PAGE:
Mbappé is 23 years old and exudes as much confidence and talent as he does selflessness.

On the former, he currently leads the Golden Boot race in Qatar with five goals in four games. His two against Poland ties him with Lionel Messi for nine career World Cup goals, which is more than Cristiano Ronaldo, who has eight. To put this further into perspective, 35-year-old Messi is playing in his fifth World Cup and has yet to win it all; Mbappé is playing in his second and is looking for a second title in a row.

On the latter, Mbappé has been so focused on winning another World Cup that he's skipped through postgame interviews with reporters. He even offered to pay the fines that FIFA was going to hand the French Football Federation for his absences. When he arrived at Sunday's press conference after being named Man of the Match, Mbappé took a moment to apologize and explain.

"It's nothing personal, I have nothing against journalists, I just needed to focus on the tournament and my football," Mbappé said. "And when I want to concentrate on something, that's the way I function.

"This is the competition of my dreams, and I'm delighted to be here. I've been preparing for this tournament all throughout the season, physically and mentally. I wanted to be ready for the tournament and I am, and so far things are going well. But we're a long way from the ultimate objective, which is to win the World Cup. And that's the most important thing now."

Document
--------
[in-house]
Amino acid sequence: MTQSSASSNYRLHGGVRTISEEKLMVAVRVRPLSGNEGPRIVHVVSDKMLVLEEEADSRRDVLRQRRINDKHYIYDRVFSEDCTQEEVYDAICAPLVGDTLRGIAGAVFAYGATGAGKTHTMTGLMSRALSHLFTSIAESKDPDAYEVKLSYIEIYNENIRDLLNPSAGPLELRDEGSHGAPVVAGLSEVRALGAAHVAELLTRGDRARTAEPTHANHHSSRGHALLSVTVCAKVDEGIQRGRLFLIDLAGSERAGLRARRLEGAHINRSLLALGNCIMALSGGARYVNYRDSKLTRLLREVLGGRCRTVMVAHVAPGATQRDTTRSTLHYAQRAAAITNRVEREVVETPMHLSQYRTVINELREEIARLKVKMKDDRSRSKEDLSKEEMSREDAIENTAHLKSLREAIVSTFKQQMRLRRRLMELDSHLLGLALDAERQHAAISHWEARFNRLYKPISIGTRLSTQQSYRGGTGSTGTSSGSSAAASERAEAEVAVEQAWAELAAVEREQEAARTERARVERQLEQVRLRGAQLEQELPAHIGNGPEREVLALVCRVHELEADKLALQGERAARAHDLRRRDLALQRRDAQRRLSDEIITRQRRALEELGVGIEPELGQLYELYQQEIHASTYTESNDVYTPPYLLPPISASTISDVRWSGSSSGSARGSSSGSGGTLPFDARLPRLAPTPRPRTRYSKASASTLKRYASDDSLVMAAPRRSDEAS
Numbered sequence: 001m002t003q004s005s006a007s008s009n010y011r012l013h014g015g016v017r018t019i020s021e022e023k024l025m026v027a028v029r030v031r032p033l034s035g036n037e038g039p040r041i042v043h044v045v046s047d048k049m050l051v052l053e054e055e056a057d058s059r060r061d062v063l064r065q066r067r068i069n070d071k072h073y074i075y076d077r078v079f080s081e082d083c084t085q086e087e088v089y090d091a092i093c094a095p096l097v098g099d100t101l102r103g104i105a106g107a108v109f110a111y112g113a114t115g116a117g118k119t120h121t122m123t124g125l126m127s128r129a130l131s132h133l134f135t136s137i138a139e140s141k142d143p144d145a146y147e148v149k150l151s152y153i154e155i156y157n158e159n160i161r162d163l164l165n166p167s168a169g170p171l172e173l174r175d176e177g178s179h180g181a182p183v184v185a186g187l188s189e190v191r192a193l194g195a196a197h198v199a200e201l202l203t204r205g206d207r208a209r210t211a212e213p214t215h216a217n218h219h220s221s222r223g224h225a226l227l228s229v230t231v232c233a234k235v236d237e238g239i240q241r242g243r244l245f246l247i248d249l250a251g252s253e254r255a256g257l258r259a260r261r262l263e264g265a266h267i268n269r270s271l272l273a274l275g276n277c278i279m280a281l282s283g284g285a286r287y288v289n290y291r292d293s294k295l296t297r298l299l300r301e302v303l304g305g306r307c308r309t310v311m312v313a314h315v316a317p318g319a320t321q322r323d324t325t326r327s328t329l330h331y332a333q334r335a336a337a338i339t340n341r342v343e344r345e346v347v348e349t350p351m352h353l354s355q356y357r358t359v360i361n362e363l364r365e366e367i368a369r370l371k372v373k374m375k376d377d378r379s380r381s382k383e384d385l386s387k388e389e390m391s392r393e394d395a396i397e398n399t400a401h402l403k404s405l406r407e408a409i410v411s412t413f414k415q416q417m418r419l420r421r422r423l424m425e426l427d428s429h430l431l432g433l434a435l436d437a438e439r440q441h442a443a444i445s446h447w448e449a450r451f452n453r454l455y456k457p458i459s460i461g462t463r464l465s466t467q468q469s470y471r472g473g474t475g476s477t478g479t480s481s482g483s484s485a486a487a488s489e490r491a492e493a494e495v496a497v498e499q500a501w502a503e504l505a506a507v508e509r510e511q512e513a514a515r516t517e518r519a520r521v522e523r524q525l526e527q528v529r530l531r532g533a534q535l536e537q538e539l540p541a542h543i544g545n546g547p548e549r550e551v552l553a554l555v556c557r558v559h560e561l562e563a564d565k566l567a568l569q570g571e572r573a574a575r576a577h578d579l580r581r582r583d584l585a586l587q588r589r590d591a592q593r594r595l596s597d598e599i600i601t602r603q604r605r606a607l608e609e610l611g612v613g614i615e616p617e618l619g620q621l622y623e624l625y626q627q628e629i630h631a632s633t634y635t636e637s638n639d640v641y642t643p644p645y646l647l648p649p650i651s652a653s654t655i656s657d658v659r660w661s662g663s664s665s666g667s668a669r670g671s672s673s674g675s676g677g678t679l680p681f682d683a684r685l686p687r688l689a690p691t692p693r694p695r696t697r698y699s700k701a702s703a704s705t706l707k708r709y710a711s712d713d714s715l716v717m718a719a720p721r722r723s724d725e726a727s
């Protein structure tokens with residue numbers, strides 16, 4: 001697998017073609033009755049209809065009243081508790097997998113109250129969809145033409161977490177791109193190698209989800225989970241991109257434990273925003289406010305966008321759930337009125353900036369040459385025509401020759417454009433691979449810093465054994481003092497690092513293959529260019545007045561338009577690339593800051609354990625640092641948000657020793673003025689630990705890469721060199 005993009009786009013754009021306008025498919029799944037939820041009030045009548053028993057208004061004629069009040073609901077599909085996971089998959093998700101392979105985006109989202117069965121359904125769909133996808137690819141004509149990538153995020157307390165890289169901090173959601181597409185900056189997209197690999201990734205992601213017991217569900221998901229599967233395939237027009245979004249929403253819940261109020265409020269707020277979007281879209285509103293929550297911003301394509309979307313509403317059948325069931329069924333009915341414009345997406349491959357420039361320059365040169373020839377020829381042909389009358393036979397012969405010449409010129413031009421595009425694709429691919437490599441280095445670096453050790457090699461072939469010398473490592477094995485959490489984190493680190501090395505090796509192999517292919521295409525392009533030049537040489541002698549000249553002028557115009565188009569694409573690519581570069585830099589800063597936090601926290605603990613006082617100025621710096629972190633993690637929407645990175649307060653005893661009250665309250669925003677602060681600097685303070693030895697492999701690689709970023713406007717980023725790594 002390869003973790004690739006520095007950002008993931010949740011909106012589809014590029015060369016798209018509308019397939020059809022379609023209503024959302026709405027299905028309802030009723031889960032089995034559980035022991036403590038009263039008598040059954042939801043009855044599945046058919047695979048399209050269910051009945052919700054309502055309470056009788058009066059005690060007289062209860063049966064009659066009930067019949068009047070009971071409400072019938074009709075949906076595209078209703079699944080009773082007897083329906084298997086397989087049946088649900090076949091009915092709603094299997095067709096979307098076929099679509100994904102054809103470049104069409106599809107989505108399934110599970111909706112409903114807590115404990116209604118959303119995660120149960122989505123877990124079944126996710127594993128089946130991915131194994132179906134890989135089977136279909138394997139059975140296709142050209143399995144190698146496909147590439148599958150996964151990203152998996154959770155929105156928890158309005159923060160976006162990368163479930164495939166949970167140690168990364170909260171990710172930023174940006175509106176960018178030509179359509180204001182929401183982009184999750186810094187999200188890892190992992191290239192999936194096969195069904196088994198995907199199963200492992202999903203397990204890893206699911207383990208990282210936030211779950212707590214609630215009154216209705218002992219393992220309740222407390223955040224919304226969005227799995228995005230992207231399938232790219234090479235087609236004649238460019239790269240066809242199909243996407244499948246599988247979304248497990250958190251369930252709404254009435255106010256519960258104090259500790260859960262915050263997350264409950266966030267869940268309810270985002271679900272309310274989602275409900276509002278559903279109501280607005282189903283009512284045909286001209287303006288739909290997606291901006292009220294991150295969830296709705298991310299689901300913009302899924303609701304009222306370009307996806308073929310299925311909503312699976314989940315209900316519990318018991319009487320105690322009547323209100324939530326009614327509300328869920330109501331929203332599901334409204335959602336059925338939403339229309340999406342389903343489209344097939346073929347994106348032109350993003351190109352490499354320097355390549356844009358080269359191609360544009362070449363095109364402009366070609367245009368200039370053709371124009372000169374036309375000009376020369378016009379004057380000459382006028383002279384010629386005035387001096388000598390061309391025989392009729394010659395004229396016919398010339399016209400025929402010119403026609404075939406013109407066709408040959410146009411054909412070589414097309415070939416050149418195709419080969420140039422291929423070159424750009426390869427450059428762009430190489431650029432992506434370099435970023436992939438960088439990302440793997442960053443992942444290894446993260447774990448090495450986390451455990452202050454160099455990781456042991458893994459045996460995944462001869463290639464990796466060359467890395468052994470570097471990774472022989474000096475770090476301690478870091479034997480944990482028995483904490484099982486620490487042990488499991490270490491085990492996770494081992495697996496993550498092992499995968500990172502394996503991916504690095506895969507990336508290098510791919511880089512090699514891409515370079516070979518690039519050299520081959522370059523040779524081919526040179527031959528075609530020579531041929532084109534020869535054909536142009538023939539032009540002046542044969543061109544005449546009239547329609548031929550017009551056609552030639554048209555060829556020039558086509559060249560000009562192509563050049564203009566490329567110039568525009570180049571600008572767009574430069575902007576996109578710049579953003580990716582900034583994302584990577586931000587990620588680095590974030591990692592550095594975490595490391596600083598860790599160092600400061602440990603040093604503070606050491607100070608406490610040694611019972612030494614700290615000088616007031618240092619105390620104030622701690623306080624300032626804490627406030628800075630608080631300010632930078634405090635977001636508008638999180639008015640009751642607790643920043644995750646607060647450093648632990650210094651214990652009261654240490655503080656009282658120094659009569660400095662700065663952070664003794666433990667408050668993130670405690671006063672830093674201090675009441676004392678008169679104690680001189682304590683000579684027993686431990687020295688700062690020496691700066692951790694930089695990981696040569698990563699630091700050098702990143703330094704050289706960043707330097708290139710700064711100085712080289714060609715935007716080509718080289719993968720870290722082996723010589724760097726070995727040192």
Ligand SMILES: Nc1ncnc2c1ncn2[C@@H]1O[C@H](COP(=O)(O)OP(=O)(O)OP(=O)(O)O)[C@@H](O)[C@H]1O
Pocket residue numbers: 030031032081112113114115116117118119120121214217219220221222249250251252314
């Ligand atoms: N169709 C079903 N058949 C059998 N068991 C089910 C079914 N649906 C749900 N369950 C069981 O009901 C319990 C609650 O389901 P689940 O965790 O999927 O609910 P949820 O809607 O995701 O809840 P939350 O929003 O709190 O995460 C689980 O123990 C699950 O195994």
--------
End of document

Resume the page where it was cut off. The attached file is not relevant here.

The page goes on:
Kylian Mbappé scores to give France a 2-0 lead

Later, he was asked about winning the Golden Boot and the Golden Ball, but shook his head at the question before saying, "If I win, I'll be happy, but that's not why I'm here. I'm here to win the World Cup."

He will very likely do just that if he and his French teammates keep putting on a show. And it's funny, too, because heading into the tournament nobody thought Les Bleus had a chance to win again.

Injuries were among the many reasons. As was recent history, which proves that World Cup champions aren't much of a threat four years later. Take France in 1998, Italy in 2006, Spain in 2010 and Germany in 2014. None advanced past the group stage at the next tournament.

France has not fallen into that trap. Sure it lost that final group stage match 1-0 to Tunisia, but Deschamps rested some starters, including Mbappé. Poland's Robert Lewandowski converted a penalty kick in stoppage time at Al Thumama, and there were a few other nervy moments for French goalkeeper Hugo Lloris.

Otherwise, Les Bleus, who face England in what is sure to be a magical quarterfinal matchup between European powerhouses, are cruising through this World Cup.

France vs. Poland Highlights

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Laken Litman covers college football, college basketball and soccer for FOX Sports. She previously wrote for Sports Illustrated, USA Today and The Indianapolis Star. She is the author of "Strong Like a Woman," published in spring 2022 to mark the 50th anniversary of Title IX. Follow her on Twitter @LakenLitman.